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Establishing Toddler Routines

Toddler writing on a dry-erase board

Andrew Parsons

Keelee Rakowski has a schedule you could set your watch by. If it's 7 a.m., the 22-month-old is eating breakfast. Then she plays with her older brother, Aidan, until 8:45 and heads to the park with her mom. Snacktime comes at 10:30. The rest of the morning has its order too: playtime, followed by drawing, lunch, books, and naptime. "To me, not keeping her on a schedule would be like trying to run a business without a business plan," says Keelee's mom, Mary Jo, who lives in Denver.

The Rakowski's routine may be a bit rigid for most moms. Still, experts agree that 1-year-olds thrive on having structure to their day. Why? An awful lot is changing in your child's world. Her language, social, and motor skills are developing rapidly. And while these are all good things, this rapid-fire period of learning can easily overwhelm a toddler. "Your child needs some consistency to her day, a predictable sequence that lets her explore the world without worry," says Victoria Manion Fleming, PhD, a child and family therapist in Northbrook, Illinois.

Getting a toddler on a schedule isn't as challenging as you might think. In fact, your child can help dictate it. She probably gets tired or hungry or playful at a particular time each day. You simply need to read these cues and build rituals around them. "You should have a calming transition time for naps, a mealtime routine, and a regular time for play," says David Burnham, MD, a pediatrician and medical director of the HealthEast Maplewood Clinic, in St. Paul, Minnesota.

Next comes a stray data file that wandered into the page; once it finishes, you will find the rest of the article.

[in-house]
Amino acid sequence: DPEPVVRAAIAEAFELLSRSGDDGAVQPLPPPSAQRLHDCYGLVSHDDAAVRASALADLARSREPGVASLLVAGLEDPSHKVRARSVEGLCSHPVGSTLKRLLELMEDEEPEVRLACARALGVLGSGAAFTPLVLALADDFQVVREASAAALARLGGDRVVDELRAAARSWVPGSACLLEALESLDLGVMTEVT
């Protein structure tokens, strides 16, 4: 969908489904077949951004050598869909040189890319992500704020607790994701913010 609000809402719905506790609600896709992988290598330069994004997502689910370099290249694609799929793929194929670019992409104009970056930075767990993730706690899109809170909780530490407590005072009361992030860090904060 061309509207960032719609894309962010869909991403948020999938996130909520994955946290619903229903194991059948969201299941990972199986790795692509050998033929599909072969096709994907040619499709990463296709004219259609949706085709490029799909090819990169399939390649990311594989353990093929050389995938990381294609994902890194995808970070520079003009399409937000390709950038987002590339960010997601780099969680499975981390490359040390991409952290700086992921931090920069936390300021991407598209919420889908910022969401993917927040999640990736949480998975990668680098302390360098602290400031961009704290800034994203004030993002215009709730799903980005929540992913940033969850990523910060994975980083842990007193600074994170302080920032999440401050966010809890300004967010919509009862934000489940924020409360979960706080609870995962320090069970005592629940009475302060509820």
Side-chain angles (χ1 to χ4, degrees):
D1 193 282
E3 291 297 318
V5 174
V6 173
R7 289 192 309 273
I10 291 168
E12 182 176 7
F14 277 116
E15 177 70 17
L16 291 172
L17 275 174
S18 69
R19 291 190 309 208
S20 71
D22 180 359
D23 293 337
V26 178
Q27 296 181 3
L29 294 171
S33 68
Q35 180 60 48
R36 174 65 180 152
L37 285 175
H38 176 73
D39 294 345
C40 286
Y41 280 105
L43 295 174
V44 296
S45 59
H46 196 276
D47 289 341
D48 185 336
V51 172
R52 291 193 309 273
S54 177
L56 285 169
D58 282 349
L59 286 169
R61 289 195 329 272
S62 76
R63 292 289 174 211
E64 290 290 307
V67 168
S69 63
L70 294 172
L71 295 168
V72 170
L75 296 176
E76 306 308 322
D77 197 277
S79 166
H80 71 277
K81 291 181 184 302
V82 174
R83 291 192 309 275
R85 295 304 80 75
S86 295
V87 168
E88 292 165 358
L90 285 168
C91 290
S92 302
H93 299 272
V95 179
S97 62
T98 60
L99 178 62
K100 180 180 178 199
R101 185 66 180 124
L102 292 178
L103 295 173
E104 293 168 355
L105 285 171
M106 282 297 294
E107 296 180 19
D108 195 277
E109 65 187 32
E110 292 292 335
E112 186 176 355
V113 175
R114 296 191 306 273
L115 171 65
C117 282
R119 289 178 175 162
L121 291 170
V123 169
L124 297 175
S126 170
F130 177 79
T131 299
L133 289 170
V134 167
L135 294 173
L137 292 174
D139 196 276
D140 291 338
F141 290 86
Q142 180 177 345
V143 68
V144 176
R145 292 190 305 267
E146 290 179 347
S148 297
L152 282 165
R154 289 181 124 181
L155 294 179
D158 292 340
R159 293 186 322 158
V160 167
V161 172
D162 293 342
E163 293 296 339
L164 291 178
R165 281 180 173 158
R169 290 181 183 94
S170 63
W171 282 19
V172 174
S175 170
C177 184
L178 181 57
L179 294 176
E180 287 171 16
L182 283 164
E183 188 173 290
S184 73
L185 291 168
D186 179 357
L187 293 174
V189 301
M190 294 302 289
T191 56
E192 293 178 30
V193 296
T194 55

It's worth the effort: Within a few weeks of establishing a routine, you'll notice these five benefits.

Your toddler will gain confidence.

When a 1-year-old can identify what comes next in his day, he feels more comfortable and capable. It's soothing too: Knowing there's always a sippy cup waiting for him after his nap or that he'll get to read Polar Bear, Polar Bear, What Do You Hear? once he brushes his teeth will help him feel he has a little more control over his world.

You'll put an end to bedtime battles.

Toddlers with consistent nighttime schedules tend to fall asleep easier and sleep longer than kids who don't have a regular evening routine, says Tanya Remer Altmann, MD, editor of The Wonder Years. That's because once your child gets used to a specific sequence of events, she'll settle down and get ready to nod off. Maya Feehely, a 14-month-old from Toronto, has a cup of milk at 8:30 p.m. Then she and her mother, Anne, play for a while. At 9:00, her dad takes her upstairs for a bath, books, and a prayer. Then he puts her down at 9:30 (the Feehelys pushed back Maya's bedtime because she had been waking up extremely early in the morning). "She smiles and waves to me and goes upstairs, which tells me she understands that the bedtime routine is starting," says her mom.

A schedule can be flexible.